Well, in truth, there’s a number of reasons why those annoying little grey hairs show themselves. So, let’s take a look at the main ones:
Age, my dear, age and genetics
Your mother was right; it does come to us all eventually. Grey hair is hair that no longer contains any pigment and as your body slows with age, so does your melanin production. Melanin is the pigment – a complex polymer, to be precise – that gives your hair its colour. And the rate at which you go grey naturally is genetic. So, don't cry in front of the mirror, blame your parents (or grandparents).
Medical and health-related causes
Unfortunately, there are a variety of health issues that studies have shown to affect the colour of your hair, from IBS and anaemia to thyroid complications and chronic conditions like vitiligo. In cases like this, it’s important to consult a medical professional and follow a treatment plan to lessen the effects on your body (and hair).
Poor diet and nutrient deficiency
Now, we’re all guilty of not eating enough fruit and veg (again, mother was right), but if your body is deficient in key nutrients like vitamin B12, iron and copper the imbalance will show itself in your hair and skin.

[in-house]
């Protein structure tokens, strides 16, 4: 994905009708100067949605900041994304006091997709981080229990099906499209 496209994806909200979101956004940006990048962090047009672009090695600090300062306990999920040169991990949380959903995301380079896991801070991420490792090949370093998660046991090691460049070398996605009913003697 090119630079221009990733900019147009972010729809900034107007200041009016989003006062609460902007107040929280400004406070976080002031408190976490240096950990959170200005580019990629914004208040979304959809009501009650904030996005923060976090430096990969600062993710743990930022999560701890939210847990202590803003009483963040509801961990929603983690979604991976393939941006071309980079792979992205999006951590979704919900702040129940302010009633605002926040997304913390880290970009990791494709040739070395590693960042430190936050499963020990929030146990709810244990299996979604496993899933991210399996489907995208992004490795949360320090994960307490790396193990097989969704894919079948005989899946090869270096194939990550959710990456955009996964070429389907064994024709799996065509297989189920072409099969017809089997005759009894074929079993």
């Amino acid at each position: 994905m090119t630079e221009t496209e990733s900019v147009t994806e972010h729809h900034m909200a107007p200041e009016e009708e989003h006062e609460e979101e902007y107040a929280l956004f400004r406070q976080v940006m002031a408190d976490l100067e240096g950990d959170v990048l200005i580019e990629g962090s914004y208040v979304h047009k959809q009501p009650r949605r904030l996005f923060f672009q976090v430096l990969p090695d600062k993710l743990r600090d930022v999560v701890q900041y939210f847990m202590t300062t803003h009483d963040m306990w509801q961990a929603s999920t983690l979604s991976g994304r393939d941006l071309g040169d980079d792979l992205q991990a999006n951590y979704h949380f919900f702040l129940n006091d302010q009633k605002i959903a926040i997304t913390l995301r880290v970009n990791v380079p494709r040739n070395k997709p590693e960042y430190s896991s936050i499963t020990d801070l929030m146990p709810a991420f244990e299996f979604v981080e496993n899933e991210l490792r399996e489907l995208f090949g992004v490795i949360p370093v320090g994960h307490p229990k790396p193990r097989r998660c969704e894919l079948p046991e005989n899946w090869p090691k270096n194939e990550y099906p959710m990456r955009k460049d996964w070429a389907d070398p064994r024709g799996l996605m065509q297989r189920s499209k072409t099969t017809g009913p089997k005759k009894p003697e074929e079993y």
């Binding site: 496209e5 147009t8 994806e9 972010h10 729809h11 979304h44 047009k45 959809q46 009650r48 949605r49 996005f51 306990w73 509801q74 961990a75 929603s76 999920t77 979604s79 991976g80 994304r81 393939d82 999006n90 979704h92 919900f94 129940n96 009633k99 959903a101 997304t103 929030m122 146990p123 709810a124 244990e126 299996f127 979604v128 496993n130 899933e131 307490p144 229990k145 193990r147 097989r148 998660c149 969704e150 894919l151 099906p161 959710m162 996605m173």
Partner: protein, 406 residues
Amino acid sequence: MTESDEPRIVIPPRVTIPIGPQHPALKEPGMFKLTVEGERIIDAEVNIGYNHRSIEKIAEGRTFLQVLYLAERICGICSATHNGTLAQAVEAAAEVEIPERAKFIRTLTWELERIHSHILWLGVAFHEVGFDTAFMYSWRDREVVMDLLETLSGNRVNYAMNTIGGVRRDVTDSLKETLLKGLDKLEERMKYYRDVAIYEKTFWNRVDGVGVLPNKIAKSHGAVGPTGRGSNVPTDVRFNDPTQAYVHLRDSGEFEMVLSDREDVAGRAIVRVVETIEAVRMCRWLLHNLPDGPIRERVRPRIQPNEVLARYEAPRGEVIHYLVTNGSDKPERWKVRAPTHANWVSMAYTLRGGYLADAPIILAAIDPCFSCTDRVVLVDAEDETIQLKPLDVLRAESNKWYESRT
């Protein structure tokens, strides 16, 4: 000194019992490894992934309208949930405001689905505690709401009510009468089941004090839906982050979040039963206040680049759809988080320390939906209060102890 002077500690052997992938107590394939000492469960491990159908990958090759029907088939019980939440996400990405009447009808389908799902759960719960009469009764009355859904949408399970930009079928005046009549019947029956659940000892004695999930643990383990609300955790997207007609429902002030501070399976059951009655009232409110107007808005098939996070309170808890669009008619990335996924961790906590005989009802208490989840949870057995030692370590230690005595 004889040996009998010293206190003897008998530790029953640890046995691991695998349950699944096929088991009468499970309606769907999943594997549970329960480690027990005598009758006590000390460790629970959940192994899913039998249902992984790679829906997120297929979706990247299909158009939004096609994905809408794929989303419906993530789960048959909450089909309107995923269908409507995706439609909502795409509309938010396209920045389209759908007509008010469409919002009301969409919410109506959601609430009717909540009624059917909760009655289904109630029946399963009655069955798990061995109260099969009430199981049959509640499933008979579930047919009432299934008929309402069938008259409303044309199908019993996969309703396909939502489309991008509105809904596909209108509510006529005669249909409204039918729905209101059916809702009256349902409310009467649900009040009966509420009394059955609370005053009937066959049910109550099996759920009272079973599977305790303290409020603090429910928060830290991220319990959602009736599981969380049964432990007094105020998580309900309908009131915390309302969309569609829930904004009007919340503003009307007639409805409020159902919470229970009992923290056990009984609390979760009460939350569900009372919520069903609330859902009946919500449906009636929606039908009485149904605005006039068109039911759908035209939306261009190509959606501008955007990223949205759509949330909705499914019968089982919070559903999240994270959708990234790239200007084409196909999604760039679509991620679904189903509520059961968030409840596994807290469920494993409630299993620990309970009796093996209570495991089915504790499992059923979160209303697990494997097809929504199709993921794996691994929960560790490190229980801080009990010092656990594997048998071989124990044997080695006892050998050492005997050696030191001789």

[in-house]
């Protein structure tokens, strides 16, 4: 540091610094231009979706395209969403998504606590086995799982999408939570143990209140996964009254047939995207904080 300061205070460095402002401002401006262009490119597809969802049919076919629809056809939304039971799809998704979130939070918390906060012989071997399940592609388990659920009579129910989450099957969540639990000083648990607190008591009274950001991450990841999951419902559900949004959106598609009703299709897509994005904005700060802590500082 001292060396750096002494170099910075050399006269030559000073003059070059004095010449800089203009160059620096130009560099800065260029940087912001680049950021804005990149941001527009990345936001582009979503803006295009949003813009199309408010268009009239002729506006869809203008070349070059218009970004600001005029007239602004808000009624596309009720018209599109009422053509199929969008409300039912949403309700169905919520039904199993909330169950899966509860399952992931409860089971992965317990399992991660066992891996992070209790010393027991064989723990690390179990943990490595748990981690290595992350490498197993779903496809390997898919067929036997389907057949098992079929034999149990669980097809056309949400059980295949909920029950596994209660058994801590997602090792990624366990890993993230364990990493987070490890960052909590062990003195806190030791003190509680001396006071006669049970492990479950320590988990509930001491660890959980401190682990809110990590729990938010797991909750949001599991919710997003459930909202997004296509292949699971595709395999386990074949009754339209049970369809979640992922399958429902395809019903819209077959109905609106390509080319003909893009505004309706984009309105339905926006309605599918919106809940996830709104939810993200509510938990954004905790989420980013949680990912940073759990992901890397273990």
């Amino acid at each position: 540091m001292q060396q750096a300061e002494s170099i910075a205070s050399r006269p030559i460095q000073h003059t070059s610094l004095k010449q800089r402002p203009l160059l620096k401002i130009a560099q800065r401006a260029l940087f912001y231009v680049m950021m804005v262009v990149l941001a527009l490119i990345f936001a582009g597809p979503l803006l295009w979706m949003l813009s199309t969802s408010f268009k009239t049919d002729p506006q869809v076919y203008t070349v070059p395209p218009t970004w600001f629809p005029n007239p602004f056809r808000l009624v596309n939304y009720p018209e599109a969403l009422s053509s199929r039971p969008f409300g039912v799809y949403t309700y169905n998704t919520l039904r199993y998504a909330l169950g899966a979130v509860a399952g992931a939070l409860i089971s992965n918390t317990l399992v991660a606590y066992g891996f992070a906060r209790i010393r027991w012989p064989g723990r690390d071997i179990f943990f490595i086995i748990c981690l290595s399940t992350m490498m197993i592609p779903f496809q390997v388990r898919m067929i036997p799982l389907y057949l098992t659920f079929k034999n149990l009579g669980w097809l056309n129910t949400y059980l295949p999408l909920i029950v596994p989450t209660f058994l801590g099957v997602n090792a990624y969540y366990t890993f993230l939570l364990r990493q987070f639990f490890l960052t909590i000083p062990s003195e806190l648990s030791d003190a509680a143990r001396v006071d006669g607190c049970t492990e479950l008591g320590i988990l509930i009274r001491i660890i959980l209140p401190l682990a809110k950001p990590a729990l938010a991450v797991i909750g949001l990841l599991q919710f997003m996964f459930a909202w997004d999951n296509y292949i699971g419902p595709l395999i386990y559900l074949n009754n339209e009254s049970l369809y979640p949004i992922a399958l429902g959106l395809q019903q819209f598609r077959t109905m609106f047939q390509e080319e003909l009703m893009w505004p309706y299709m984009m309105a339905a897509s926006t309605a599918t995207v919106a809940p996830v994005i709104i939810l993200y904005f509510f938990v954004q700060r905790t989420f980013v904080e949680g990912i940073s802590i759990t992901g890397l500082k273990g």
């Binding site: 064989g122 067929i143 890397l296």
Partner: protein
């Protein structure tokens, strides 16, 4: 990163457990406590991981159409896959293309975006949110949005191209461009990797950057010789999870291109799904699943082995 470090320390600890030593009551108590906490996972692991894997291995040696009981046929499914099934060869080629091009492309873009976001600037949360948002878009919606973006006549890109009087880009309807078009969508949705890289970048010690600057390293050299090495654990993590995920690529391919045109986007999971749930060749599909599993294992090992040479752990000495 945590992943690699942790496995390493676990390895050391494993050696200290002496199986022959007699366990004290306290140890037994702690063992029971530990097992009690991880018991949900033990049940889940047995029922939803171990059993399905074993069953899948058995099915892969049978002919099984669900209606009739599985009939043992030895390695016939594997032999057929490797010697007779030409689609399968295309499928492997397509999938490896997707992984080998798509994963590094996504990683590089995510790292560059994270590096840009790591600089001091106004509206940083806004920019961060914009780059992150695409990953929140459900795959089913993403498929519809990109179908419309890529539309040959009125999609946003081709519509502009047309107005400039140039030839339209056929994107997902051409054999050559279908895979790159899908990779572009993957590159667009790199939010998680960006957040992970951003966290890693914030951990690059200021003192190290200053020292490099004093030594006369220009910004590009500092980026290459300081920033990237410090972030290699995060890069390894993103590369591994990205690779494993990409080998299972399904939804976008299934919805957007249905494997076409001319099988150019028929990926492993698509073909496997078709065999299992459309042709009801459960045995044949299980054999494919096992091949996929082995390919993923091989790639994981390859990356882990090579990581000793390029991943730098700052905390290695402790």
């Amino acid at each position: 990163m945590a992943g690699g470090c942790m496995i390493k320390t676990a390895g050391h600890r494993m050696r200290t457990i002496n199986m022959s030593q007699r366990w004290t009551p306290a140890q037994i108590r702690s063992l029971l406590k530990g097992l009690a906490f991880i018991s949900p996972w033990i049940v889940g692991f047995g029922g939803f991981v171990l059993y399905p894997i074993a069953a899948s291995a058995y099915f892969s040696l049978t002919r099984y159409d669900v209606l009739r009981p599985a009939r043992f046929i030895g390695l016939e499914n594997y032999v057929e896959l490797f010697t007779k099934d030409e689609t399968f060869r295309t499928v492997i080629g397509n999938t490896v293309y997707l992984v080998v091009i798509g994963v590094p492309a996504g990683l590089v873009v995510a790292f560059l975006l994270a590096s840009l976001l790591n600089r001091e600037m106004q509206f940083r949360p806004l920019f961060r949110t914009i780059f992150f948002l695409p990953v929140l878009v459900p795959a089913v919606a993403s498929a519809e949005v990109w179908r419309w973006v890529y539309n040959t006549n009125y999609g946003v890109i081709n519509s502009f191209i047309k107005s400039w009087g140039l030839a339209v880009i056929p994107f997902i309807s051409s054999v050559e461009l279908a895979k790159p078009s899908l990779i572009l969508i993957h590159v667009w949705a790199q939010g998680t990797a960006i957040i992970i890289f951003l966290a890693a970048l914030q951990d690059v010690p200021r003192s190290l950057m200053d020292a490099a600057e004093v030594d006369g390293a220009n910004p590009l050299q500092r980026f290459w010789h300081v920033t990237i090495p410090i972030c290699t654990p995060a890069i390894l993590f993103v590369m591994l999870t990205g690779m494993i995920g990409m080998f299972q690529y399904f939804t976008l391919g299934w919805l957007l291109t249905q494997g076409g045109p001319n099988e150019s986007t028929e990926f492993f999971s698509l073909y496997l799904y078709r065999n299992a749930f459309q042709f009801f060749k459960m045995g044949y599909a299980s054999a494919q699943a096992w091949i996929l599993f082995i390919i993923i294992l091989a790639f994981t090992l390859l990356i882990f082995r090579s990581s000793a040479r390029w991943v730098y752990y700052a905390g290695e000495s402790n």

Put down the styling tools and avoid chemicals
Our favourite go-to straighteners and curling irons might be ideal for a special night, but the overuse of heat and chemical treatments, like perms or relaxers, will weaken hair fibres and could damage your scalp in the long-term – not the ideal conditions for a rich and vibrant head of hair.
Take a breath because one of the best ways to ease the greying process is by cutting out any unnecessary stress from your day. Extended periods of stress and exhaustion take a toll on your body and lower your vitamin B levels, which is linked to going grey. Plus, pulling your hair out on a regular basis isn’t going to help matters. Just stay calm.
Okay, but how does a lady go about camouflaging it with some full grey hair coverage?